7 Proven Reasons Middle Child Syndrome Isn’t Real
“Middle child syndrome” describes the feelings of neglect and isolation thought to afflict many middle-born children. But recent research shows that this “syndrome” a total myth; in fact, middle children develop personality traits that help them succeed in jobs and relationships even quicker than older and younger siblings.
Middle children are natural negotiators
Every child in the birth order has their gambits: The elder child has natural clout among parents and siblings, the younger has whining and sympathy on her side, and the middle must learn to negotiate between the two—by any means necessary. “Middle-borns are the most willing to wheel and deal,” notes Frank Sulloway, PhD. As a result of literally being in the middle of most sibling disputes, many middle children learn to become patient, diplomatic, good listeners, and able to see arguments from multiple sides. Their voice is rarely the loudest—but often the most persuasive. Here’s what birth order theory can predict about your health.
Middle children are team players
Unlike older siblings, middle children are born into a world of sharing, proving that middle child syndrome doesn’t exist. From day one, middles must share their space, their time, their parents’ affection and, perhaps most importantly, their toys with at least one other child. Because of this, middles learn strong sharing and collaboration skills with little provocation and, as a study in the The Journal of Genetic Psychology notes, middle children tend to do better in group situations than older and younger siblings. This is what your birth order reveals about you.
Middle children make the best friends
Because middle children often do receive less attention from their immediate family, they are more likely to seek strong relationships elsewhere. “As a middle child, you are likely to pick an intimate circle of friends to represent your extended family,” writes behavior and parenting expert Gail Gross, PhD. “This family of your choice is your compensation [for the lack of attention in your own home].” Friends of middles will thus benefit from a long, loyal relationship, founded on genuine compassion rather than convenience. Don’t miss these heartwarming quotes about best friends.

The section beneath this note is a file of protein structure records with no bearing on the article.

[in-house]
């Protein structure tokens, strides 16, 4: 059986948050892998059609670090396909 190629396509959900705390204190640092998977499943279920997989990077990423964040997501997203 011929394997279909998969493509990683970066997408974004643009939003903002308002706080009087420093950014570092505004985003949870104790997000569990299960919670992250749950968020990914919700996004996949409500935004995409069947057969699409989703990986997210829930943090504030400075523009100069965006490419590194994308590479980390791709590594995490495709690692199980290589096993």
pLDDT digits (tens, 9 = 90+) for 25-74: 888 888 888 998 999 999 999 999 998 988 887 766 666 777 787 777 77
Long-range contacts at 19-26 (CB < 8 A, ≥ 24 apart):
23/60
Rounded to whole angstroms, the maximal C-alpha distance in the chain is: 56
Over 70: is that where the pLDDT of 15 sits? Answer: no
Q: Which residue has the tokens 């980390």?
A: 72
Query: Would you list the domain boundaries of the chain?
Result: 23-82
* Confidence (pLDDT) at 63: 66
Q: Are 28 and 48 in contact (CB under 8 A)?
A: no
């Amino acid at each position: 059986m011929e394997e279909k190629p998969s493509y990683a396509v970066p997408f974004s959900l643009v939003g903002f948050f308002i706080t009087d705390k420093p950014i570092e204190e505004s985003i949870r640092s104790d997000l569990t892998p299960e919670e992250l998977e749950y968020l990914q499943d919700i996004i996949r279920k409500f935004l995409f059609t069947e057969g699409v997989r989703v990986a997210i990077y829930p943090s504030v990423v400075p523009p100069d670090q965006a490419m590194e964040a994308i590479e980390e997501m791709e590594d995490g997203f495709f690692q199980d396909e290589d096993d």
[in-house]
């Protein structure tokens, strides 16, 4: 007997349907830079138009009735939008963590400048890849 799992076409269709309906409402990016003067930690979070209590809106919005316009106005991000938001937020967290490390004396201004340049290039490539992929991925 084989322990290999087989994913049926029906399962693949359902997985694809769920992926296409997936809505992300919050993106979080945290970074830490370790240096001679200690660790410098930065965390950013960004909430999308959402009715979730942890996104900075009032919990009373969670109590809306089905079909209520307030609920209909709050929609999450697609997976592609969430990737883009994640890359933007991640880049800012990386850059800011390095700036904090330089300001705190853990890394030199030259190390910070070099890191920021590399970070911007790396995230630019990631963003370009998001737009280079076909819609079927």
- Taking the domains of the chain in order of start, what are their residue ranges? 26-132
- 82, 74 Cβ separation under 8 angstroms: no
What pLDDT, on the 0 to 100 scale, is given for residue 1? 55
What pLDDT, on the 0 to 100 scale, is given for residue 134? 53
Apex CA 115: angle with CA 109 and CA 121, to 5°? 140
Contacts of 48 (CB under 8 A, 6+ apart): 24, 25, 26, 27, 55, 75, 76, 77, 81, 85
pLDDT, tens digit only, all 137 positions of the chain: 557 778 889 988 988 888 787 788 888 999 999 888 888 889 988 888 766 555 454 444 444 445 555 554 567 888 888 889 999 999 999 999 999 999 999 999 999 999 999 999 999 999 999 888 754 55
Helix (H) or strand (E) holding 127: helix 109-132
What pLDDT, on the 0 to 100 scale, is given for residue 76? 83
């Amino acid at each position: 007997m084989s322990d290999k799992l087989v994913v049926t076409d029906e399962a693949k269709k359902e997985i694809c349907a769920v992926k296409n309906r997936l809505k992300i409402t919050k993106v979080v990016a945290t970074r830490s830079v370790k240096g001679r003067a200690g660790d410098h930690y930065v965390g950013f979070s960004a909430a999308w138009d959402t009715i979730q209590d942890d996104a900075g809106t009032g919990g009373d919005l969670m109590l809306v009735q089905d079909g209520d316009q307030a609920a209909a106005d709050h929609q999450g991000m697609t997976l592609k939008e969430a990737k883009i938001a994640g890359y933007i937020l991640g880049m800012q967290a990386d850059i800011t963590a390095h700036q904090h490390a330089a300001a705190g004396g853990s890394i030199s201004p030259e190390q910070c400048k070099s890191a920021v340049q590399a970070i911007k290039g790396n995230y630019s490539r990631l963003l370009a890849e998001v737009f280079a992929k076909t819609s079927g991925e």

Middle children have small egos
Because of their lack of attention at home, some middles have been shown to develop a lower sense of self-esteem than their siblings. While this can be seen as a weakness and a symptom of middle child syndrome, there are powerful strengths on the flip-side: For one, middles are shown to deal with rejection much better than their siblings, and are also noted for having smaller egos. All this taken together leads to a powerful conclusion…
Middle children make strong leaders
Middle children are uniquely privileged to learn from their older siblings while simultaneously serving as role models to their younger siblings. This dual nature of student and teacher creates strong empathy, negotiating skills, and flexibility—all powerful tools for leaders. You might not be surprised that more than half (52 percent) of U.S. presidents have been middle children, including Thomas Jefferson, Abraham Lincoln, Teddy Roosevelt, and John F. Kennedy. If you’re a troublemaker, we can probably guess your birth order.
Middle children make great lovers
According to Katrin Schumann, co-author of The Secret Power of Middle Children, friendship and leadership are only two of many ‘ships that middles are born to captain; relationships are another. “An Israeli marital happiness survey shows that middles are the happiest and most satisfied in relationships,” Schumann tells Psychology Today. This may be because middle children naturally favor compromise over conflict, and are often in tune with the needs of others. Much like their friendships, middle children’s relationships tend to be long-lasting—and loyal. Still believe that there is such a thing as middle child syndrome? Science can guess your job based on your birth order.
Middle children thrive among their own kind
Full disclosure, now that we’ve come this far together: I am a middle child, my best friend is a middle child, and my partner is a middle child. Science says that’s totally normal. Per a 2009 study from the Journal of Individual Psychology, middle children tend to grow romantic relationships with other middle children. This could be attributed to the high-empathy, low-ego combo many middles exhibit—but I like to think it’s just because middle children are awesome people. Now, could I share any of my toys with you?